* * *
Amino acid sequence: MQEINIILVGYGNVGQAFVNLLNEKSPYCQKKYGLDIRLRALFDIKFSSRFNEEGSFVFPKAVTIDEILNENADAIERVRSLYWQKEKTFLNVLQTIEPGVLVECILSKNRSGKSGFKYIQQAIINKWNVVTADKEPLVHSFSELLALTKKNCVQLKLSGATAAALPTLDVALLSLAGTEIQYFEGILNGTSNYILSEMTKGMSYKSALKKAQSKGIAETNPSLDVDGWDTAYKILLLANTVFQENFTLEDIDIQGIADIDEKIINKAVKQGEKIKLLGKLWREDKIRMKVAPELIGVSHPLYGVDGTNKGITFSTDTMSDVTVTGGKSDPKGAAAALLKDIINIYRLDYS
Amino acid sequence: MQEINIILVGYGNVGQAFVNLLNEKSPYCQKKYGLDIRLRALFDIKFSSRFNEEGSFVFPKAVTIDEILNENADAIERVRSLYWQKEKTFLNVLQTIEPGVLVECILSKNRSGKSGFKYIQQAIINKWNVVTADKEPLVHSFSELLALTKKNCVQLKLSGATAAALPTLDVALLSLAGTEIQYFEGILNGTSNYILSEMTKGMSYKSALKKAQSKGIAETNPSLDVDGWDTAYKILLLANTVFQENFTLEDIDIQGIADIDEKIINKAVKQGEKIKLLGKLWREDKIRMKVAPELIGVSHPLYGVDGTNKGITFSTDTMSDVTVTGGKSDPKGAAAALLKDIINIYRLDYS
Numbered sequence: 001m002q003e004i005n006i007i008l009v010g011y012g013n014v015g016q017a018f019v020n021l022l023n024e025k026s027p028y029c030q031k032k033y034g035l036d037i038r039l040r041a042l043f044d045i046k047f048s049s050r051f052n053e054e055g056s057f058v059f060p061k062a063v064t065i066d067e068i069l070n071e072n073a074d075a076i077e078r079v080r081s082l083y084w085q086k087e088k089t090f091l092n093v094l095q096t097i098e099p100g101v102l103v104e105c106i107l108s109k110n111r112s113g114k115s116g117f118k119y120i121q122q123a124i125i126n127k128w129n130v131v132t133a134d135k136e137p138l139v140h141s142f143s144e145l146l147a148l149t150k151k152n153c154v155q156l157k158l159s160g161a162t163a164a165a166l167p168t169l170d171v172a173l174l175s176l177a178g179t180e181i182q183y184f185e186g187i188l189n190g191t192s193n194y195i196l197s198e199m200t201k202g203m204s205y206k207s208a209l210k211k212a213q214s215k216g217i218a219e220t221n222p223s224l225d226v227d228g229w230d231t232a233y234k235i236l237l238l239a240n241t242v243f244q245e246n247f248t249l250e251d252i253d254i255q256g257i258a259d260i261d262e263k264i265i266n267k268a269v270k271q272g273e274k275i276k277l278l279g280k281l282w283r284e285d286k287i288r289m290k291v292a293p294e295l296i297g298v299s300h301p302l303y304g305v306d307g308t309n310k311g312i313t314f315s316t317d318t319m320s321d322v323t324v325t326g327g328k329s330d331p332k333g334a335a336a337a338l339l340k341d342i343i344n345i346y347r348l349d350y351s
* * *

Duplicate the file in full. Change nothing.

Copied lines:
Amino acid sequence: MQEINIILVGYGNVGQAFVNLLNEKSPYCQKKYGLDIRLRALFDIKFSSRFNEEGSFVFPKAVTIDEILNENADAIERVRSLYWQKEKTFLNVLQTIEPGVLVECILSKNRSGKSGFKYIQQAIINKWNVVTADKEPLVHSFSELLALTKKNCVQLKLSGATAAALPTLDVALLSLAGTEIQYFEGILNGTSNYILSEMTKGMSYKSALKKAQSKGIAETNPSLDVDGWDTAYKILLLANTVFQENFTLEDIDIQGIADIDEKIINKAVKQGEKIKLLGKLWREDKIRMKVAPELIGVSHPLYGVDGTNKGITFSTDTMSDVTVTGGKSDPKGAAAALLKDIINIYRLDYS
Amino acid sequence: MQEINIILVGYGNVGQAFVNLLNEKSPYCQKKYGLDIRLRALFDIKFSSRFNEEGSFVFPKAVTIDEILNENADAIERVRSLYWQKEKTFLNVLQTIEPGVLVECILSKNRSGKSGFKYIQQAIINKWNVVTADKEPLVHSFSELLALTKKNCVQLKLSGATAAALPTLDVALLSLAGTEIQYFEGILNGTSNYILSEMTKGMSYKSALKKAQSKGIAETNPSLDVDGWDTAYKILLLANTVFQENFTLEDIDIQGIADIDEKIINKAVKQGEKIKLLGKLWREDKIRMKVAPELIGVSHPLYGVDGTNKGITFSTDTMSDVTVTGGKSDPKGAAAALLKDIINIYRLDYS
Numbered sequence: 001m002q003e004i005n006i007i008l009v010g011y012g013n014v015g016q017a018f019v020n021l022l023n024e025k026s027p028y029c030q031k032k033y034g035l036d037i038r039l040r041a042l043f044d045i046k047f048s049s050r051f052n053e054e055g056s057f058v059f060p061k062a063v064t065i066d067e068i069l070n071e072n073a074d075a076i077e078r079v080r081s082l083y084w085q086k087e088k089t090f091l092n093v094l095q096t097i098e099p100g101v102l103v104e105c106i107l108s109k110n111r112s113g114k115s116g117f118k119y120i121q122q123a124i125i126n127k128w129n130v131v132t133a134d135k136e137p138l139v140h141s142f143s144e145l146l147a148l149t150k151k152n153c154v155q156l157k158l159s160g161a162t163a164a165a166l167p168t169l170d171v172a173l174l175s176l177a178g179t180e181i182q183y184f185e186g187i188l189n190g191t192s193n194y195i196l197s198e199m200t201k202g203m204s205y206k207s208a209l210k211k212a213q214s215k216g217i218a219e220t221n222p223s224l225d226v227d228g229w230d231t232a233y234k235i236l237l238l239a240n241t242v243f244q245e246n247f248t249l250e251d252i253d254i255q256g257i258a259d260i261d262e263k264i265i266n267k268a269v270k271q272g273e274k275i276k277l278l279g280k281l282w283r284e285d286k287i288r289m290k291v292a293p294e295l296i297g298v299s300h301p302l303y304g305v306d307g308t309n310k311g312i313t314f315s316t317d318t319m320s321d322v323t324v325t326g327g328k329s330d331p332k333g334a335a336a337a338l339l340k341d342i343i344n345i346y347r348l349d350y351s